Rail authorities face a race against time to prevent more landslips endangering trains, experts warned yesterday.
They voiced fears after it emerged a landslide had hit a Highland line just weeks before last week’s fatal derailment in Aberdeenshire. The 6.38am service from Aberdeen to Glasgow was derailed by debris on the tracks on Wednesday, killing the driver, conductor and a passenger.
Now it has emerged a landslide triggered by a flash-flood had caused mud and rocks to cascade onto the West Highland line between Fort William and Mallaig in June.
Experts have warned that urgent work needs to be done on the rail infrastructure to avoid further tragedies or disruption to services. Landslips are more common in Scotland because of the terrain and unpredictable weather, and experts have urged rail authorities to take more urgent action to deal with problems caused by global warming.
Railways expert Tony Miles said hard lessons may have been learned from the crash near Stonehaven about which parts of the rail network need to be given priority. Most of the network is more than 150 years old but climate changes are now destabilising land around the tracks in an unprecedented way.
Mr Miles said: “This is something Network Rail is looking at urgently because geologists are saying it’s going to happen more often. Stuff that’s stayed in place and been perfectly sound and secure for over a century is suddenly vulnerable. Network Rail can’t nip out next Thursday and fix it, this is decades of work ahead.”
He added: “There are all sorts of investigations going on but the problem is the environmental change seems to be happening faster than the scientists can cope with.”
Network Rail is investigating different methods of making tracks safer, including additional drainage, using pins to secure the ground and reshaping embankments.
Rail lines carrying high-speed trains are likely to be prioritised.
A Network Rail spokesperson said: “We’re investing heavily in Scotland’s railway to improve the condition of our earthworks and drainage systems and, between 2014 and 2019, we invested over £120 million on projects around Scotland. In the five years between 2019 and 2024 we plan to invest even more – £149m.
“We have been making greater use of weather modelling to forecast rain events and using assets such as our helicopter to help improve how we identify and respond to potential issues, before and after storms. We are also deploying new technologies like remote monitoring equipment to improve how we manage earthworks.”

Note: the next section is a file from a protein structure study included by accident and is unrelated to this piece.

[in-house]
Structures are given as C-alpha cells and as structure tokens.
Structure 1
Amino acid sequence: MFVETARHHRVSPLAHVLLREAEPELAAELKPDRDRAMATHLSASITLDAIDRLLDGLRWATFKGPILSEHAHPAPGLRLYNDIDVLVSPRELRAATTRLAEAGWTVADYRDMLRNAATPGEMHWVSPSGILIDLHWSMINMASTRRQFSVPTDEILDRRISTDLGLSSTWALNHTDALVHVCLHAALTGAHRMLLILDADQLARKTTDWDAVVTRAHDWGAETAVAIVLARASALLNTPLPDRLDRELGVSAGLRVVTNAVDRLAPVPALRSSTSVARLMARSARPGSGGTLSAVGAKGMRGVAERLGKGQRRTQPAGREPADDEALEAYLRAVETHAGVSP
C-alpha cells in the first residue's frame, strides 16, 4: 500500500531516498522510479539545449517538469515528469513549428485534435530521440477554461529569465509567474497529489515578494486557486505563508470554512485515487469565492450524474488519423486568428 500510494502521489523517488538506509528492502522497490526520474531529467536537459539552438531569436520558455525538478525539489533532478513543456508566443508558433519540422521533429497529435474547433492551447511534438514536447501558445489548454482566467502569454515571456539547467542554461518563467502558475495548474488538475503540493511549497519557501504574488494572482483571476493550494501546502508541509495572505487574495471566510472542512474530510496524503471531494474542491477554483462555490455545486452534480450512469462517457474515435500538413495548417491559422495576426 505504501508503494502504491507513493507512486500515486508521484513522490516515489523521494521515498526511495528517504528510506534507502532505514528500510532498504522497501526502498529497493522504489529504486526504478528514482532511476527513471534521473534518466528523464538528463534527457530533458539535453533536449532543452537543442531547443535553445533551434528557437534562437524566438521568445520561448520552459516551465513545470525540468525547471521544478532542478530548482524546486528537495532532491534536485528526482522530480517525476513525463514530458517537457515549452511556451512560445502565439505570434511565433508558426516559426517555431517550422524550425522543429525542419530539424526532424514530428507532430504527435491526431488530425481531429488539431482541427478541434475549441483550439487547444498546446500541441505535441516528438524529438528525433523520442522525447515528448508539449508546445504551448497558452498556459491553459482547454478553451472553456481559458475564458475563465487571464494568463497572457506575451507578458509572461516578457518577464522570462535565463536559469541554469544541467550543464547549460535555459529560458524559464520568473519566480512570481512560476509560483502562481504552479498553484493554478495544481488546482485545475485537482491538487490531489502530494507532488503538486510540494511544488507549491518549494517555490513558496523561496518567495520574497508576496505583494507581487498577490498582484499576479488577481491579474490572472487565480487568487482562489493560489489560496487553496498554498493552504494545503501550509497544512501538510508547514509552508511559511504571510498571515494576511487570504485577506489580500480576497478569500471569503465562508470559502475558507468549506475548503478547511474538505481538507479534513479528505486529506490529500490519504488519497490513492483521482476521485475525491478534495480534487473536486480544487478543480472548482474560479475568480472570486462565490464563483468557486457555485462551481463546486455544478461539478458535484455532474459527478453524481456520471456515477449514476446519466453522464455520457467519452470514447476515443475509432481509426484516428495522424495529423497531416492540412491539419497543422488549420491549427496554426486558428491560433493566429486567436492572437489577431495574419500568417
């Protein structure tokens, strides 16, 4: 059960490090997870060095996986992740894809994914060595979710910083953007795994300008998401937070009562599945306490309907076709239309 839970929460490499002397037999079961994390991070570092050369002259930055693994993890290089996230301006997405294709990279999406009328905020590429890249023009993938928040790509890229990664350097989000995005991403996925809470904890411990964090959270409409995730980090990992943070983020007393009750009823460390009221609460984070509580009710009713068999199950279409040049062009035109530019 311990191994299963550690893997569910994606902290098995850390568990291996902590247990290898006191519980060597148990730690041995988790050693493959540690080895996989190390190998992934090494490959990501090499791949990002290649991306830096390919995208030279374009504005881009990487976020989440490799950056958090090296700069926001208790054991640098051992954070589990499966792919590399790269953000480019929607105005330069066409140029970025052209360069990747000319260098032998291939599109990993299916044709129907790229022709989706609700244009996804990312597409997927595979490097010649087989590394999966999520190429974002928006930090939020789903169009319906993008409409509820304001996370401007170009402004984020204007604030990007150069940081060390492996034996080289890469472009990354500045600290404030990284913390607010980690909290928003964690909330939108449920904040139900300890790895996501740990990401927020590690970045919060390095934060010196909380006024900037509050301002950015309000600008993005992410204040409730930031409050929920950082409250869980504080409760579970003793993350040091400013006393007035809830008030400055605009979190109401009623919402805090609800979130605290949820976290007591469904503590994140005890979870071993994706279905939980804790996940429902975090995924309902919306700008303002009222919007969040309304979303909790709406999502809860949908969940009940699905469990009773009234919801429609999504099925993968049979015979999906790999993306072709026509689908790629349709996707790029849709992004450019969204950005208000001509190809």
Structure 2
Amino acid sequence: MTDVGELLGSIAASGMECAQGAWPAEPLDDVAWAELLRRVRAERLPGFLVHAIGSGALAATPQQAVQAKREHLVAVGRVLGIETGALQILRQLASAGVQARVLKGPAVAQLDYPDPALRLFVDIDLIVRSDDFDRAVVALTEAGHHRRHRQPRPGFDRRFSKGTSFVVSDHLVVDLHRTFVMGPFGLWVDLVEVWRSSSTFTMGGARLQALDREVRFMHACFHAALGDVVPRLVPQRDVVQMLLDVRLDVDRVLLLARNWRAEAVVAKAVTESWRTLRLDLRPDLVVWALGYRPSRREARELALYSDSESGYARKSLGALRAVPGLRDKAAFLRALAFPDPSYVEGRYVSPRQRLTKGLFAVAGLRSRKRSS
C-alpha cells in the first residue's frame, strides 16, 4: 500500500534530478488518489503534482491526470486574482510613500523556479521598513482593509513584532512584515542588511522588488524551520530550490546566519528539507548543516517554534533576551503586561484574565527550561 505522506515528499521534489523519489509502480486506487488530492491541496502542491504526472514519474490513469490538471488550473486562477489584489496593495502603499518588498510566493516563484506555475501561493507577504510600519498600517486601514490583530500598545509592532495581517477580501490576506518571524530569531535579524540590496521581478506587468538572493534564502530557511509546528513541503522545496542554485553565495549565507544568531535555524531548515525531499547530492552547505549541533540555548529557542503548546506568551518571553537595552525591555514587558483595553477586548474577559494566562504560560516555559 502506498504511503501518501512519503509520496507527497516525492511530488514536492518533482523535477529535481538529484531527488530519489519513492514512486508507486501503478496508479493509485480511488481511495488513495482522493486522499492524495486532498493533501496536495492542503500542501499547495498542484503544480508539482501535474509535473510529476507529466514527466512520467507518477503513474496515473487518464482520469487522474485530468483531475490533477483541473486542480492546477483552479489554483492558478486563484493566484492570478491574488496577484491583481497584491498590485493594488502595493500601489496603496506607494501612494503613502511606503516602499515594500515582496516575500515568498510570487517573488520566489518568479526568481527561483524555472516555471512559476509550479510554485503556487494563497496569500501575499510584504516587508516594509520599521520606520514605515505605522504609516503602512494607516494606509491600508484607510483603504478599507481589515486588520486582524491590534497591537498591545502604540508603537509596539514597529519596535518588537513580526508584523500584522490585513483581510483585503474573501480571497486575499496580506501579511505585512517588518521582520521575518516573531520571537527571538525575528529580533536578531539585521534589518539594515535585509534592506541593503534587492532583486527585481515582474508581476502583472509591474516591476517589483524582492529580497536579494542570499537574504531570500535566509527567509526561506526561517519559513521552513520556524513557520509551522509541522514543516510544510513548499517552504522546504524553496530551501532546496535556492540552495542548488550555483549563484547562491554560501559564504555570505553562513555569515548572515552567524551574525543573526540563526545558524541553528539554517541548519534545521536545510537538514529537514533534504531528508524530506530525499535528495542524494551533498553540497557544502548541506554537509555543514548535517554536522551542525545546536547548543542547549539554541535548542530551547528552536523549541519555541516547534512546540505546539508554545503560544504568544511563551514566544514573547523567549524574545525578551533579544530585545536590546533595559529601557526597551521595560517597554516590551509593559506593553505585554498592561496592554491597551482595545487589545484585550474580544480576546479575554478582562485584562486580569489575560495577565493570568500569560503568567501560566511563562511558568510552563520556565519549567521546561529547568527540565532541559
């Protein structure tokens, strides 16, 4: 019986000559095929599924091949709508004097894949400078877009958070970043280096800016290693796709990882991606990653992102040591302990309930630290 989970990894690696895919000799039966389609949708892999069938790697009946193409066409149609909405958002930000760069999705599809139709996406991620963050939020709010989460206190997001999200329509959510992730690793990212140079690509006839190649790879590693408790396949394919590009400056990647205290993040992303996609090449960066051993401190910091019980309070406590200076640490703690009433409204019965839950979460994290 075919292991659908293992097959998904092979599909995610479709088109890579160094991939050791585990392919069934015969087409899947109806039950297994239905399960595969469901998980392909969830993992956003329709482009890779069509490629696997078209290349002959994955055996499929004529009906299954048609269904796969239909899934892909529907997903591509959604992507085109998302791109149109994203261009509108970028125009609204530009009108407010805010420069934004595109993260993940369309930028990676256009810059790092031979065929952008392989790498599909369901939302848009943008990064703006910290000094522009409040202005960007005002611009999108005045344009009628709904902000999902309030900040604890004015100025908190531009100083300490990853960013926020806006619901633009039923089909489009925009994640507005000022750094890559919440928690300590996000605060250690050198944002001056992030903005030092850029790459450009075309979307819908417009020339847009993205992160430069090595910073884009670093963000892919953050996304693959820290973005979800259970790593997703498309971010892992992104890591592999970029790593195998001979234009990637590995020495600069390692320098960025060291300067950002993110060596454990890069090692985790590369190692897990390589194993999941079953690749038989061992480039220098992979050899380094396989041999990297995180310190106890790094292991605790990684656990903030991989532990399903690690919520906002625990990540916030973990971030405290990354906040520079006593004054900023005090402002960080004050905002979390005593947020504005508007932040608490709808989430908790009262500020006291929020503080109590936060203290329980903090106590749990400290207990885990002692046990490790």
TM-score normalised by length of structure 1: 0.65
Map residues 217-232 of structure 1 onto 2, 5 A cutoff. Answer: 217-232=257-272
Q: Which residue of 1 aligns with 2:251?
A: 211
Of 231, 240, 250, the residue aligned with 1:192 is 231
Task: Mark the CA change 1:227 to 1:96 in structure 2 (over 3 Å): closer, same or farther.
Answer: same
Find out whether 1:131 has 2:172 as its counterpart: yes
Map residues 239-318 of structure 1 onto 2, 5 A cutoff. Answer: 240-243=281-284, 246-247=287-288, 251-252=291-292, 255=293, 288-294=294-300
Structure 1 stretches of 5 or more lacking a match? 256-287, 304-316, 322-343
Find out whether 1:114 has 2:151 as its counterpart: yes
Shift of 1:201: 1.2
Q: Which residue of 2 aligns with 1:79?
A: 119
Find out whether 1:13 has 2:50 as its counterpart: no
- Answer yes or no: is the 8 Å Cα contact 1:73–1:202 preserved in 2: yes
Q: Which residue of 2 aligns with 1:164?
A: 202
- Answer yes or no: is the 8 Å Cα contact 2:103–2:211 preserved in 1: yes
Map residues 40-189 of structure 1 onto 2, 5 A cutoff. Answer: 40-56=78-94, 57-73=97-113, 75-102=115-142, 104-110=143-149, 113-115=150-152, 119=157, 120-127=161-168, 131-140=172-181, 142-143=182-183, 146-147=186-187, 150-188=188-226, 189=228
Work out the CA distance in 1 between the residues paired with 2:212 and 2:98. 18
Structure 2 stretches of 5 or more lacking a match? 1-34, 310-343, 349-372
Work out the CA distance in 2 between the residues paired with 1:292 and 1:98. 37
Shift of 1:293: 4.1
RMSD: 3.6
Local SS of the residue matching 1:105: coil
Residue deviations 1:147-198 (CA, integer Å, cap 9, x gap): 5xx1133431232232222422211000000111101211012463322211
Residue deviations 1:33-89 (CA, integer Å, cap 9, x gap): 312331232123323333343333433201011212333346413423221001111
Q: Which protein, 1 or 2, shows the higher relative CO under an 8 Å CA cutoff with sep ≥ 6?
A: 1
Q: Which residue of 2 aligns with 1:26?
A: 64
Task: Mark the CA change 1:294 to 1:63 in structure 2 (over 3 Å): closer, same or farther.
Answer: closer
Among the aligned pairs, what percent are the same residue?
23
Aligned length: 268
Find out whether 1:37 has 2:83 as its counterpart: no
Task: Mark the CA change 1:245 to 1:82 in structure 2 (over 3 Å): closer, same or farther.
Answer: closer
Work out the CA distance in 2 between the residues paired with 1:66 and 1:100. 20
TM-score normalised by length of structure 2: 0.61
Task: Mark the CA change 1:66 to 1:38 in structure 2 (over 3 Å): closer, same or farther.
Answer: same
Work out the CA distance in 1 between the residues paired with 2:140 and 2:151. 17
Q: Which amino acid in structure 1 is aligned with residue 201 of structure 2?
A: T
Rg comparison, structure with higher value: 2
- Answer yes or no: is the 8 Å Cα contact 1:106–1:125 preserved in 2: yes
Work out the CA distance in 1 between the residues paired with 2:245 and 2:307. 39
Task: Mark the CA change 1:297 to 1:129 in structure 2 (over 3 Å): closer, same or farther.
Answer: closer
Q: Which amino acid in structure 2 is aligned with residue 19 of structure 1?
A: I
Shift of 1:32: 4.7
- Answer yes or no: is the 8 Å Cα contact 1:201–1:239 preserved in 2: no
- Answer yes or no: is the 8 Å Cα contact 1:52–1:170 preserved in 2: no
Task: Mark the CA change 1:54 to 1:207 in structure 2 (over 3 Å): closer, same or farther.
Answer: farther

The Rail Accident Investigation Branch is leading the probe into the crash. Driver Brett McCullough, conductor Donald Dinnie and passenger Christopher Stuchbury lost their lives. Data from the train’s black box is likely to have already been recovered, giving the exact time of the crash and the train’s speed. Trains also send similar information in real time.
When it crashed, the train was returning to Aberdeen after being turned back at the Carmont signal box because of a second landslip further south.
It is understood the driver was not travelling at excessive speed when the locomotive hit debris on the track and derailed, sliding 90 metres before hitting a bridge and partially toppling down an embankment.
Off-duty conductor Nicola Whyte scrambled from the wreckage and walked more than a mile along the track to raise the alarm.
Investigators will also examine CCTV footage from the crashed train and other services that had passed the scene for clues to whether the area was unsafe.
Chris Milner, editor of Railway Magazine, said: “The investigators will be aided by the fact that trains that went over there previously had forward-facing CCTV cameras. The train, in fact every train in this country, is fitted with a data recorder.
“From that they can work out GPS positions, speed, brakes, when the driver opened or closed the regulator to make the train go faster or slower.”
He added: “They can determine all those bits of data and gradually they will piece together the picture of what happened.”
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